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Bordetella pertussis

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Bordetella pertussis
Scientific classification Edit this classification
Domain: Bacteria
Phylum: Pseudomonadota
Class: Betaproteobacteria
Order: Burkholderiales
Family: Alcaligenaceae
Genus: Bordetella
B. pertussis
Binomial name
Bordetella pertussis
(Bergey et al. 1923) Moreno-López 1952

Bordetella pertussis is a Gram-negative, aerobic, pathogenic, encapsulated coccobacillus bacterium of the genus Bordetella, and the causative agent of pertussis or whooping cough. Its virulence factors include pertussis toxin, adenylate cyclase toxin, filamentous hæmagglutinin, pertactin, fimbria, and tracheal cytotoxin.

The bacteria are spread by airborne droplets and the disease's incubation period is 7–10 days on average (range 6–20 days).[1][2] Humans are the only known reservoir for B. pertussis.[3] The complete B. pertussis genome of 4,086,186 base pairs was published in 2003.[4] Compared to its closest relative B. bronchiseptica, the genome size is greatly reduced. This is mainly due to the adaptation to one host species (human) and the loss of capability of survival outside a host body.[5]

Like B. bronchiseptica, B. pertussis can express a flagellum-like structure, even though it has been historically categorized as a nonmotile bacterium.[6]


The genus Bordetella contains nine species: B. pertussis, B. parapertussis, B. bronchiseptica, B. avium, B. hinzii, B. holmesii, B. trematum, B. ansorpii, and B. petrii.[5]

B. pertussis, B. parapertussis and B. bronchiseptica form a closely related phylogenetical group. B. parapertussis causes a disease similar to whooping cough in humans, and B. bronchiseptica infects a range of mammal hosts, including humans, and causes a spectrum of respiratory disorders.[5]


The disease pertussis was first described by French physician Guillaume de Baillou after the epidemic of 1578. The disease may have been described earlier in a Korean medical textbook.[7] The causative agent of pertussis was identified and isolated by Jules Bordet and Octave Gengou in 1906. It is believed that the genus Bordetella may have evolved from ancestors that could survive in the soil according to 16S rRNA gene sequencing data.[8] 16S rRNA is a component of all bacteria that allows for the comparison of phyla within a sample. The expansion of human development into the agricultural field caused there to be an influx of human to soil contact. This increase not only created more advantageous environments for the ancestors of Bordetella not only to thrive in, but to spread to humans as well. Over time, Bordetella, like B. pertussis, has adapted to specifically infect humans and they are still able to multiply and thrive in soil conditions.[9]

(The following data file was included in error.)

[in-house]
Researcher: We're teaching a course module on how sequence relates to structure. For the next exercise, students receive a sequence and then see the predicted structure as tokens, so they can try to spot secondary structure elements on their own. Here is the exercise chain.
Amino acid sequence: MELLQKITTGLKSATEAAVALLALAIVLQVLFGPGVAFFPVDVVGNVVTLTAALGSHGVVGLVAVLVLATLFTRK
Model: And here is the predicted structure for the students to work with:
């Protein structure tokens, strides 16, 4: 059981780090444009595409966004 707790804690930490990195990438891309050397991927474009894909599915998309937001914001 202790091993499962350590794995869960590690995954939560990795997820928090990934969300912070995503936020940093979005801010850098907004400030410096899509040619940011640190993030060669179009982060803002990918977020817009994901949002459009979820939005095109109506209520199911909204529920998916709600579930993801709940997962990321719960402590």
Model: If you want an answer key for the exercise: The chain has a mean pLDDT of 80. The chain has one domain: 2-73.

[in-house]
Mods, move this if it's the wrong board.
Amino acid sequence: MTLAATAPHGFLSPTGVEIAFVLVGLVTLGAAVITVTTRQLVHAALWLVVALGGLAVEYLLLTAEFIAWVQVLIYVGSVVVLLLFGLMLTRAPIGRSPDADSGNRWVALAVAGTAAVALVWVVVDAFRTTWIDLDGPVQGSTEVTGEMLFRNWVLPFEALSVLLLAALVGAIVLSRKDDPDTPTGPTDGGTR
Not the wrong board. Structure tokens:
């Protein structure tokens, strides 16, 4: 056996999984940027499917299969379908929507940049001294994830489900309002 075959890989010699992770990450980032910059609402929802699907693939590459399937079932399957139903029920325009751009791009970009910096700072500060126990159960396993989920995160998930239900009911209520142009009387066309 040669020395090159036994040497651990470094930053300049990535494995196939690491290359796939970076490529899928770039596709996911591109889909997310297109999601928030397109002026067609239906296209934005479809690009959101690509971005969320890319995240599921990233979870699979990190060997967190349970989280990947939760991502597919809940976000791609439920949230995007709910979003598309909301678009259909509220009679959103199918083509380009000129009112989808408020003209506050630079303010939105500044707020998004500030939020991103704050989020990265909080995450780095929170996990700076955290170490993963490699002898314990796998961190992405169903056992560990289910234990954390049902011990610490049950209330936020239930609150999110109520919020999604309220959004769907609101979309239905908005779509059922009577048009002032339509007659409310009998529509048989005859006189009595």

It was initially determined that B. pertussis is a monomorphic pathogen in which majority of strains found had the same two types of alleles: ptxA1 or ptxA2.[10] Modern developments in genome sequencing have allowed B. pertussis to be studied more allowing for the discovery of the ptxP region. Through studying the gene, there has been evidence of mutations within the gene that show missing genomes present on the DNA strand. A study by Bart et al., revealed that 25% of the genes on the Tohama I reference strain of B. pertussis sequence were missing in comparison to the ancestral strains. These mutations were noted to be caused by an increase in intragenomic recombination with loss of DNA. Genes controlled by the BvgAS system have transformed B. pertussis into a much more contagious pathogen.[10] In particular, strains with the ptxP3 allele, that developed through mutations in the recent years, have an increased expression of toxins. Ultimately, this leads to higher acuteness of the disease when contracted.  [10] This has causes an upwards trend of most cases of B. pertussis being the ptxP3 strain, especially in developing countries. Since the 1990s, most cases in developed countries such as the United States have ptxP3 isolates rather than the ptxA1 causing it to become the more dominant strain.[9]

Growth requirements[edit]

Bordetella pertussis prefers aerobic conditions in pH range of 7.0-7.5,[11] optimal to thrive in the human body. The max pH level for their growth was at a pH level of 8.0. The minimum pH range for minimal growth was at pH 6.0-6.5. The bacteria are not able to reproduce at pH levels lower than 5.0.

In addition, Bordetella pertussis favors a temperature range of 35 °C to 37 °C.[12] It is a strict aerobe as mentioned previously and its nutritional requirements are meticulous in its requirement for nicotinamide supplement. It has been identified that growth of the bacteria is hindered in the presence of fatty acids, peroxide media, metal ions, and sulfides.